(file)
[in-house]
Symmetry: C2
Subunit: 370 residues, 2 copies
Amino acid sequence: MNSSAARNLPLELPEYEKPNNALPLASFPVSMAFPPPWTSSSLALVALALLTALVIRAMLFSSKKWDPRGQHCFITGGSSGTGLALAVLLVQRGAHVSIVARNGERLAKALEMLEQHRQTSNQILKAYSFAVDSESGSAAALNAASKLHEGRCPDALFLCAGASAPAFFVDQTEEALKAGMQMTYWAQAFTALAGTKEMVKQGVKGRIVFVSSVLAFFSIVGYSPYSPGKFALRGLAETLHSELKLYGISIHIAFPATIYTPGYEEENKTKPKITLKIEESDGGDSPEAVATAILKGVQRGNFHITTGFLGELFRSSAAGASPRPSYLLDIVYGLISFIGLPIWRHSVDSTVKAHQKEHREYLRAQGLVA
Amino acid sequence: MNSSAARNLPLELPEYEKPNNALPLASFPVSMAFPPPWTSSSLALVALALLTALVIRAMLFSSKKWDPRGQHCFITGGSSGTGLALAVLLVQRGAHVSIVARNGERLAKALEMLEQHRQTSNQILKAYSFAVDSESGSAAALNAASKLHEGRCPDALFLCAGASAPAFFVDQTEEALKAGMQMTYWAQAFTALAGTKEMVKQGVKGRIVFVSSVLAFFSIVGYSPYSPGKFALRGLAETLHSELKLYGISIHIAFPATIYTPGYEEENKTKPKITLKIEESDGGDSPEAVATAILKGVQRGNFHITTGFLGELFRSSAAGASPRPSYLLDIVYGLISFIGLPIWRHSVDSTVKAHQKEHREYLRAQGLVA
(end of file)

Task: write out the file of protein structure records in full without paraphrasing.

[in-house]
Symmetry: C2
Subunit: 370 residues, 2 copies
Amino acid sequence: MNSSAARNLPLELPEYEKPNNALPLASFPVSMAFPPPWTSSSLALVALALLTALVIRAMLFSSKKWDPRGQHCFITGGSSGTGLALAVLLVQRGAHVSIVARNGERLAKALEMLEQHRQTSNQILKAYSFAVDSESGSAAALNAASKLHEGRCPDALFLCAGASAPAFFVDQTEEALKAGMQMTYWAQAFTALAGTKEMVKQGVKGRIVFVSSVLAFFSIVGYSPYSPGKFALRGLAETLHSELKLYGISIHIAFPATIYTPGYEEENKTKPKITLKIEESDGGDSPEAVATAILKGVQRGNFHITTGFLGELFRSSAAGASPRPSYLLDIVYGLISFIGLPIWRHSVDSTVKAHQKEHREYLRAQGLVA
Amino acid sequence: MNSSAARNLPLELPEYEKPNNALPLASFPVSMAFPPPWTSSSLALVALALLTALVIRAMLFSSKKWDPRGQHCFITGGSSGTGLALAVLLVQRGAHVSIVARNGERLAKALEMLEQHRQTSNQILKAYSFAVDSESGSAAALNAASKLHEGRCPDALFLCAGASAPAFFVDQTEEALKAGMQMTYWAQAFTALAGTKEMVKQGVKGRIVFVSSVLAFFSIVGYSPYSPGKFALRGLAETLHSELKLYGISIHIAFPATIYTPGYEEENKTKPKITLKIEESDGGDSPEAVATAILKGVQRGNFHITTGFLGELFRSSAAGASPRPSYLLDIVYGLISFIGLPIWRHSVDSTVKAHQKEHREYLRAQGLVA